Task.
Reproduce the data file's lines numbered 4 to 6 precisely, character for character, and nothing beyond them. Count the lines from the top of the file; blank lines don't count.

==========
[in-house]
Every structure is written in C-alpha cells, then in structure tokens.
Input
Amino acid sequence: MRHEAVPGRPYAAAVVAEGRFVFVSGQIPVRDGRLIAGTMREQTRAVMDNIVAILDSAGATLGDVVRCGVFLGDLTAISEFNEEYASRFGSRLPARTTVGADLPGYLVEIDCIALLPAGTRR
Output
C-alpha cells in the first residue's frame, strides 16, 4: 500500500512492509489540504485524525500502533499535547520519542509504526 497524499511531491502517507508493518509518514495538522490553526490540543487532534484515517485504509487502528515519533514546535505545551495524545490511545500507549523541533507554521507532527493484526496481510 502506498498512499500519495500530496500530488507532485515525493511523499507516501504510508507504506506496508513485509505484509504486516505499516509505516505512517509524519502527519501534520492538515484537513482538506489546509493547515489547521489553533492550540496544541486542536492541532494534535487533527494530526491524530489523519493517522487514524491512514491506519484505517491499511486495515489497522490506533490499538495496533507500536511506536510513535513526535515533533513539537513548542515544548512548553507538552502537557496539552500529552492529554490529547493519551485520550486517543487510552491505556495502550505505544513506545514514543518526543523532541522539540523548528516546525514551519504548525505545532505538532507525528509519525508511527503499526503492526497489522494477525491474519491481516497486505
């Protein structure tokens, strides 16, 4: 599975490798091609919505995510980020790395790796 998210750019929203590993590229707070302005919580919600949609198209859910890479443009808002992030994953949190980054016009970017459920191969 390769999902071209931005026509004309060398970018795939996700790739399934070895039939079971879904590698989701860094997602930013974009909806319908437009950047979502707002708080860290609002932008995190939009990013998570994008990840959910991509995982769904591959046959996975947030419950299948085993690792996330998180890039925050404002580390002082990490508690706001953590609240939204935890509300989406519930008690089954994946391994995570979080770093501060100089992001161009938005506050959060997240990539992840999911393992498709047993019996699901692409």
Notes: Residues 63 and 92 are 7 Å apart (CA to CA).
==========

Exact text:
Amino acid sequence: MRHEAVPGRPYAAAVVAEGRFVFVSGQIPVRDGRLIAGTMREQTRAVMDNIVAILDSAGATLGDVVRCGVFLGDLTAISEFNEEYASRFGSRLPARTTVGADLPGYLVEIDCIALLPAGTRR
Output
C-alpha cells in the first residue's frame, strides 16, 4: 500500500512492509489540504485524525500502533499535547520519542509504526 497524499511531491502517507508493518509518514495538522490553526490540543487532534484515517485504509487502528515519533514546535505545551495524545490511545500507549523541533507554521507532527493484526496481510 502506498498512499500519495500530496500530488507532485515525493511523499507516501504510508507504506506496508513485509505484509504486516505499516509505516505512517509524519502527519501534520492538515484537513482538506489546509493547515489547521489553533492550540496544541486542536492541532494534535487533527494530526491524530489523519493517522487514524491512514491506519484505517491499511486495515489497522490506533490499538495496533507500536511506536510513535513526535515533533513539537513548542515544548512548553507538552502537557496539552500529552492529554490529547493519551485520550486517543487510552491505556495502550505505544513506545514514543518526543523532541522539540523548528516546525514551519504548525505545532505538532507525528509519525508511527503499526503492526497489522494477525491474519491481516497486505